• “The Best in the Business”: James O’Shaughnessy, Chicago Journalist and American Adman, Colum Kenny (Dublin City University)
  • The Lynching of George Smith or How Michel Foucault Meets Rough Justice and Yellow Journalism on the American Great Plains, Brian Gabrial (Concordia University, Montreal, Quebec)
  • The Last Bastion of Academic Free-dom: Cooper Union and the History and Future of Higher Education, Philip Kay (Columbia University)

 11:25 – 12:30 pm Scholar-to-Scholar Roundtables 7, 8 and 9

Room 652 Abolition and the Civil War Era

Moderator: Mary Ellen Zuckerman

  • Andrew Johnson and the Battle for the 14th Amendment, Elliot King (Loyola University Maryland)
  • Communicating Change: The Discourse of Abolition in Theodore Dwight Weld’s “American Slavery As It Is,” Paula Hunt (University of Missouri)
  • The News and Oratory of Frederick Douglass in a Southern-Leaning State: Indiana from 1843 to 1892, Julie A. Goldsmith (Indiana University School of Liberal Arts-Indianapolis)

Room 653 Examining the Role of Magazines

Moderator: Eugenia Palmegiano (St. Peter’s College)

  • From Golden to Glitter: The Fragmentation of U.S. Photojournalism, Judy Polumbaum (University of Iowa)
  • Portrayal of a Man and His Magic: The Image of Walt Disney in Magazines from 1934 – 1969, Andi Stein (California State University-Fullerton)
  • Sunday Newspaper Magazines: An Opportunity for Rebirth, Jeff Lemberg (Curry College)

Room 654 Alternatives to Traditional Journalism

Moderator: Janis Chakars (Indiana University School of Liberal Arts-Indianapolis)

  • The Delphian Society: A Historical and Cultural Analysis of a Primer for Middle Class Women’s Education, Sheila Webb (Western Washington University)
  • The Seafarer as Journalist: Captain Nichols and The Ocean Chronicle, Jennifer E. Moore (University of Minnesota-Twin Cities)
  • Zombiedom’s William Buehler Seabrook: A Case for Resurrecting Seabrook as a Lost Generation Literary Journalist, Rebecca A. Frierson (University of South Carolina-Columbia)

12:30 – 1:40 pm Lunch

Luncheon Speaker: Jay Rosen, Arthur L. Carter Journalism Institute, New York University

1:45 pm – 2:50 pm Scholar-to-Scholar Roundtables 10, 11 and 12

Room 652 The Black Press

Moderator: Lisa Burns (Quinnipiac University)

  • Researching the Black Press in the Age of Social Media, Kim T. Gallon (Muhlenberg College)
  • Reagan or Carter? Wrong Questions for Blacks: Race and 1980s Presidential Politics in the Black and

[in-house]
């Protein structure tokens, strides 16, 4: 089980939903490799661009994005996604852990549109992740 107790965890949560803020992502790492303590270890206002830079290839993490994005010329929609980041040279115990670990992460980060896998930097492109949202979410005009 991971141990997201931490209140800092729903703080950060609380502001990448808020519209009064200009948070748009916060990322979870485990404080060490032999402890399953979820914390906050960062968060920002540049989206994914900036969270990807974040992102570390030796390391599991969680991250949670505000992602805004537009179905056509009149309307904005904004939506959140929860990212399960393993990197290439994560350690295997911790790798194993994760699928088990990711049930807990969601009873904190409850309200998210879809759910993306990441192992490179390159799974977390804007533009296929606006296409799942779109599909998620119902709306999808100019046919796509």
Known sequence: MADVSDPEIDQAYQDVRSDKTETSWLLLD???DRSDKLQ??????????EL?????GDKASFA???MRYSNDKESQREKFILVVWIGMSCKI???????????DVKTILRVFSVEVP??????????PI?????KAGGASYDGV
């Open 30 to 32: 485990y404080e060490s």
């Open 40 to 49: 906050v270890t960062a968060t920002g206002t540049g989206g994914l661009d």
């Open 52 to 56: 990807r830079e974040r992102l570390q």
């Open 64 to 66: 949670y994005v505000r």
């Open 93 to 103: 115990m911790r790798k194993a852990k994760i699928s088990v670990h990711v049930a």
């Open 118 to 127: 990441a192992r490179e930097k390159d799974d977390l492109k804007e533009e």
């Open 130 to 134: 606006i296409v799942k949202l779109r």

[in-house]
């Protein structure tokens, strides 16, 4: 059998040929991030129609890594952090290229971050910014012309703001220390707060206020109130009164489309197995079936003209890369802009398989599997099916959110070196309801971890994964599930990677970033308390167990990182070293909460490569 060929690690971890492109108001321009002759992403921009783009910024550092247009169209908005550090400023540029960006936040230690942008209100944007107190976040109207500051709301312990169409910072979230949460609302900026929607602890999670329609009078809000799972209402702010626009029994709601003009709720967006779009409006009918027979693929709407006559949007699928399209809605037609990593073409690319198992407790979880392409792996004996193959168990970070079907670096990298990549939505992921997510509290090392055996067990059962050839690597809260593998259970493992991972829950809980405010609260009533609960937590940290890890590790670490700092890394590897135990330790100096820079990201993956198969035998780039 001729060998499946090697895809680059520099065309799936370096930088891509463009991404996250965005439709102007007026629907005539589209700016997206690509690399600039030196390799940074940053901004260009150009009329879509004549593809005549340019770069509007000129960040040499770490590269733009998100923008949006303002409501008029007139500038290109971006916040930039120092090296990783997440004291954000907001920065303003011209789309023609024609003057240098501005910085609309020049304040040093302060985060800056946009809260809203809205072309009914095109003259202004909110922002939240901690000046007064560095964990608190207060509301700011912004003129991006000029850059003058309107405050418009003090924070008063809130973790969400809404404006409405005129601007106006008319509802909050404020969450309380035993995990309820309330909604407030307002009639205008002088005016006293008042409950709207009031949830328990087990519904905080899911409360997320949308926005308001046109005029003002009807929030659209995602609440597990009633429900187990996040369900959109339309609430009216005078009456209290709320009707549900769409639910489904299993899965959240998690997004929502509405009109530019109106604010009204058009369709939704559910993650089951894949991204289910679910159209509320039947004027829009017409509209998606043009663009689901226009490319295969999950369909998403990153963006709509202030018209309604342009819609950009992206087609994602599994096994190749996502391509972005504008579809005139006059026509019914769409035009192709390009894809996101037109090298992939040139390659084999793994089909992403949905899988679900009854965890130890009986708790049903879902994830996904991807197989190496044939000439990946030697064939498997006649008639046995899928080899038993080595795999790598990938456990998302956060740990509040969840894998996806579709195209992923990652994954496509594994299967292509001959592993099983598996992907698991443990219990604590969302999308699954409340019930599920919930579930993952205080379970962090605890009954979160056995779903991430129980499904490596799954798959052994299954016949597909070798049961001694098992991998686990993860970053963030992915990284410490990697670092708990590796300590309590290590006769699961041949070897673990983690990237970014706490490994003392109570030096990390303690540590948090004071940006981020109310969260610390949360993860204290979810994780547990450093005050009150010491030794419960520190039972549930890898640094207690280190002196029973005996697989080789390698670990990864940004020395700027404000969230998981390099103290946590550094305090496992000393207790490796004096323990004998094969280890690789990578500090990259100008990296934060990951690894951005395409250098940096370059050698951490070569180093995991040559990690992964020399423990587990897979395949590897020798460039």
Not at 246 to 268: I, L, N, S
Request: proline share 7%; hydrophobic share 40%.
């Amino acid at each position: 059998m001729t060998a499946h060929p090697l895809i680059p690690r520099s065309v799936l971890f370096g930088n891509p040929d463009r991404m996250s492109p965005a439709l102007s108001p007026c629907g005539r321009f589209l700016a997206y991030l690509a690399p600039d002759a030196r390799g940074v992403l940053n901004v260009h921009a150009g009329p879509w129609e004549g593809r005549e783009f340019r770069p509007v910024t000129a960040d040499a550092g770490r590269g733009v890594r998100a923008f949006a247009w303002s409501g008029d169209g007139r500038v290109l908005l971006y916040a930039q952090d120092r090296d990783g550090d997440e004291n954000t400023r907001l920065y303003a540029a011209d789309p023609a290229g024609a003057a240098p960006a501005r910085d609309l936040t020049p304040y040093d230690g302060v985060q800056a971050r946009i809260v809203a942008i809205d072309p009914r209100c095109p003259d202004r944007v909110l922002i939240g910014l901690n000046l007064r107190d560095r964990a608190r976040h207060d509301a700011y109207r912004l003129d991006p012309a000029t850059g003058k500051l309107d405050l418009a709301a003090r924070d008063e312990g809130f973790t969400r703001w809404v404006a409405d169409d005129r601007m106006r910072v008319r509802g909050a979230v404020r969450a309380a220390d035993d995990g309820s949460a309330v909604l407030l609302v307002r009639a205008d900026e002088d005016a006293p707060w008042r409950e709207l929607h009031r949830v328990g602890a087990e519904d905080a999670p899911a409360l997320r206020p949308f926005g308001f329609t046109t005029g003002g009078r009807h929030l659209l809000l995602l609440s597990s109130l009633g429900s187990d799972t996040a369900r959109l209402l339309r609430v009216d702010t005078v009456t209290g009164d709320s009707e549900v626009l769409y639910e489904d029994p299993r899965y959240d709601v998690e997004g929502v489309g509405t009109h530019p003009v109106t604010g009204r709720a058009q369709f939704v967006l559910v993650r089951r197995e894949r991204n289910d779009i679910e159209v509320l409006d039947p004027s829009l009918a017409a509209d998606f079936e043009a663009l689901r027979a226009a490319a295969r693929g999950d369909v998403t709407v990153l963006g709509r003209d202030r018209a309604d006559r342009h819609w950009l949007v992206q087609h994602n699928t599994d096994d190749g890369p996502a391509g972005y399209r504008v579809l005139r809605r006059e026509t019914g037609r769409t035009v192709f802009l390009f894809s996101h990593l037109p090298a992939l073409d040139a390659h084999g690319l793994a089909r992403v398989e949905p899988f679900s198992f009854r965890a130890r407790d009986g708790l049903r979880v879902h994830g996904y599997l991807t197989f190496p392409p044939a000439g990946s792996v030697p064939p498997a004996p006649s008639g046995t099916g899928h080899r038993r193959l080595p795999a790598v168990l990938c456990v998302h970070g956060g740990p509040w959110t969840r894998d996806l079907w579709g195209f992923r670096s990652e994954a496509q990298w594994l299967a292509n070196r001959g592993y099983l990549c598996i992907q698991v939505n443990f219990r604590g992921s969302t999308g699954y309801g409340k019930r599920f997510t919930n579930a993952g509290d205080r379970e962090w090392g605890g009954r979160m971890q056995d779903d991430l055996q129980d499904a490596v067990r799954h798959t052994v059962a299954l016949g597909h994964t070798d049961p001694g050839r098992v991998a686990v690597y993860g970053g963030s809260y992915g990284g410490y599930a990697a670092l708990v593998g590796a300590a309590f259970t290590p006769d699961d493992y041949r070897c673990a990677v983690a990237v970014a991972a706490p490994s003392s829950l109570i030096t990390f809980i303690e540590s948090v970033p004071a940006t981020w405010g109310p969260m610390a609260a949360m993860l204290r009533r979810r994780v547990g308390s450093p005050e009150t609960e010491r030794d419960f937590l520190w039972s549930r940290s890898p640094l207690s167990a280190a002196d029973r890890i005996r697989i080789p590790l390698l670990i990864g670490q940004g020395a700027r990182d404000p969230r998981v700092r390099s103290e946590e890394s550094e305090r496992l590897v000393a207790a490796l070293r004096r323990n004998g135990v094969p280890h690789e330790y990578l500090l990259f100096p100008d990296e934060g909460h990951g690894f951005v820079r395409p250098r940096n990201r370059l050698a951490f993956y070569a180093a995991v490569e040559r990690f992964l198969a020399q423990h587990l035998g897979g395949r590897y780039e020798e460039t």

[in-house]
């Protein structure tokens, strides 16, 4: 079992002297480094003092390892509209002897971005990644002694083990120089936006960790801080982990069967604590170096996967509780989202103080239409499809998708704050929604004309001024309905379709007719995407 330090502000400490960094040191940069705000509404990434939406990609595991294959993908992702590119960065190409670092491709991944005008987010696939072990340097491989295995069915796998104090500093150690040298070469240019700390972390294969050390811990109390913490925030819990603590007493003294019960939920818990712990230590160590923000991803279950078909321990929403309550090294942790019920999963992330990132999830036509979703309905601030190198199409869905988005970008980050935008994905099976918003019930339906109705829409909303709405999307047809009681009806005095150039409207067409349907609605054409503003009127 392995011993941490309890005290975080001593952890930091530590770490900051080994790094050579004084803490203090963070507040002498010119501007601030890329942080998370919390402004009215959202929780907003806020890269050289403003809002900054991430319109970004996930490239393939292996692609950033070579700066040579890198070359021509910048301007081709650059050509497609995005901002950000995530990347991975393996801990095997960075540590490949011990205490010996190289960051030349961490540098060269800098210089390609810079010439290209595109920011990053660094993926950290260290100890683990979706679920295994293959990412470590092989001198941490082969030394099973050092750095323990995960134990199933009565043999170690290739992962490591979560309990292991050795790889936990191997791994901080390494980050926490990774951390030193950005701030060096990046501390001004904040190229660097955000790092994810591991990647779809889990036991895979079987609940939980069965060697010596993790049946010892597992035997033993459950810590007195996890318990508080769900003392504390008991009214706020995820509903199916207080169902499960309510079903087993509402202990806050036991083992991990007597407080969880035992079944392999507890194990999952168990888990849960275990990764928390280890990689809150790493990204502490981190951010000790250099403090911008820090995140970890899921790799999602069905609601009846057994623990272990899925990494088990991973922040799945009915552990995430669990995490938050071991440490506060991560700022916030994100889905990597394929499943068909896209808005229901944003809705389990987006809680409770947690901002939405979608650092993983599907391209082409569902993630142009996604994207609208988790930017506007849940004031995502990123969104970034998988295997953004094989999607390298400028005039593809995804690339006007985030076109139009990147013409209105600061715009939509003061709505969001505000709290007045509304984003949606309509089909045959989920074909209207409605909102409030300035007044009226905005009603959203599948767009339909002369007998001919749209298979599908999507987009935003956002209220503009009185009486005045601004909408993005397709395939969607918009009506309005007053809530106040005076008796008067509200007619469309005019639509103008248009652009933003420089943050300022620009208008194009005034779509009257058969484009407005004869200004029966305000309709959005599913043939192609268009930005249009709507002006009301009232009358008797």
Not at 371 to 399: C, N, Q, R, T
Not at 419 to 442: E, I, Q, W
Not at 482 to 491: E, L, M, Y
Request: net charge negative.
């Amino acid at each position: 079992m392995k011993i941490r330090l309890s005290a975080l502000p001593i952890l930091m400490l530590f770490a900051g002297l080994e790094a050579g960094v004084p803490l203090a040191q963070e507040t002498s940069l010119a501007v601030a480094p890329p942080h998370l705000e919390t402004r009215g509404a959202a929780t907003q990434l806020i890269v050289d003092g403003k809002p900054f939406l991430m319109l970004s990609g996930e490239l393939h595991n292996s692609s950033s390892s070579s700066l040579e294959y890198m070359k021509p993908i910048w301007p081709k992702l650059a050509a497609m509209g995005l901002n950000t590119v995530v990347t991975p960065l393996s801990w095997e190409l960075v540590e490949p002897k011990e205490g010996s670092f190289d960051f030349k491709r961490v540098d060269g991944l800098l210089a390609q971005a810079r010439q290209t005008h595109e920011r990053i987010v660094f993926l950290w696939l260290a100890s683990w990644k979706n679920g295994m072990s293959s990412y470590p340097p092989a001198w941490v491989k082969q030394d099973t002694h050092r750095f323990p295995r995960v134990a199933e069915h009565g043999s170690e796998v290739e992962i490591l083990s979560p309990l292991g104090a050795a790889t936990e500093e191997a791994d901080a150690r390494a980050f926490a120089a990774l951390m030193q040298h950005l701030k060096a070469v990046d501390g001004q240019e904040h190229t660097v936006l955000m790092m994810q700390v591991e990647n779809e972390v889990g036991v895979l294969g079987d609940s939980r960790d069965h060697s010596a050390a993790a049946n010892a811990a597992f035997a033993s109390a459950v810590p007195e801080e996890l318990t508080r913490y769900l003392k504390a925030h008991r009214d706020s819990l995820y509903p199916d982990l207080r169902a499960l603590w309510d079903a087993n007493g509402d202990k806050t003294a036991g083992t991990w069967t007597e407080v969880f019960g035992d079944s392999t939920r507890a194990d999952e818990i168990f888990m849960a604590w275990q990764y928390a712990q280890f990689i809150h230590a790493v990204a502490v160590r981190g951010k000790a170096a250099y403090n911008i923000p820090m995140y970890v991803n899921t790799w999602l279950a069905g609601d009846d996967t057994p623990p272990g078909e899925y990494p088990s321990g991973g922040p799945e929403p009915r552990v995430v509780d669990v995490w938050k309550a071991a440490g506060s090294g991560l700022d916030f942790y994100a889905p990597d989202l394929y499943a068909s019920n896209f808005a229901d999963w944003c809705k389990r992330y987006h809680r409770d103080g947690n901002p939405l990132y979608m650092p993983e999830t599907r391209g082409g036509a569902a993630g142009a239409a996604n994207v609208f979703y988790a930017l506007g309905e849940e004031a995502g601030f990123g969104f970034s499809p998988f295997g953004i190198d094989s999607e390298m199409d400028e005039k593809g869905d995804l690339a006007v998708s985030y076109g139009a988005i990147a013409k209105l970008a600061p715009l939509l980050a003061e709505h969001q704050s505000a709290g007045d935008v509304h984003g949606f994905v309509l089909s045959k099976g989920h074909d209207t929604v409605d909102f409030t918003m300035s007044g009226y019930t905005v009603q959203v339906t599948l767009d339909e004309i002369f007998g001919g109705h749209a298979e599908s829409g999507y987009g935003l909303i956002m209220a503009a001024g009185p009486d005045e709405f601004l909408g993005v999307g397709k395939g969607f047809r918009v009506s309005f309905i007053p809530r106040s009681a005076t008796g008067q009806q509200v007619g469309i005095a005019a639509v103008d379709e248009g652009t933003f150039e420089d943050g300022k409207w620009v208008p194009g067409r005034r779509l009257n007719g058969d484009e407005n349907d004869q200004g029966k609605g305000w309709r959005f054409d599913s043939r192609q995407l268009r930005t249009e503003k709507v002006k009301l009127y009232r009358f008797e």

• Liberal Press, Justin Hudson (University of Maryland-College Park)
  • Book of the Revolution”: Hoyt W. Fuller, the Black Arts Movement and Black World Magazine, 1970- 1973, Nathaniel Frederick II (Winthrop University)

Room 653 Media Ethics and Law

Moderator: Kate Dunsmore (Fairleigh Dickinson University-College at Florham)

  • Taming Journalism? Ethics and Editors in Antebellum America, Frank E. Fee (University of North Carolina-Chapel Hill)
  • “Printers to the Publick”: Reassessing Press Freedom and Press Control in Early Canada, 1752-1800, Dean Jobb (University of King’s College)
  • The State v. Perry: A South Carolina Newspaper’s Coverage of Its Leading Civil Rights Lawyer, Christopher G. Frear (University of South Carolina-Columbia)
  • “The Story of a College Football Fix” Fifty Years Later: A Re-evaluation of Butts v. Curtis Publishing Company, David Sumner (Ball State University)

Room 654 Media Agenda and Change

Moderator: Lisa Luedeman (Gardner-Webb University)

  • Selling a Double Victory: How the Pittsburgh Courier Campaigned to Change America and the World, Pamela E. Walck (Ohio University)
  • Setting the Stage for the “Institutional Vice Presidency”: Coverage of Gerald Ford by Marjorie Hunter of the New York Times, Harlen Makemson (Elon University)
  • Taking Action on Agent Orange: The New Yorker’s Role in Restricting the Use of a Toxic Chemical, Miles Maguire (University of Wisconsin-Oshkosh)
  • The Least Anxious Person in a Boat: Journalists Perform a Status Degradation Ceremony as They Mourn Walter Cronkite, Ron Bishop (Drexel University)

2:55 pm to 4:00 pm Networking Session: Find people who share your interests.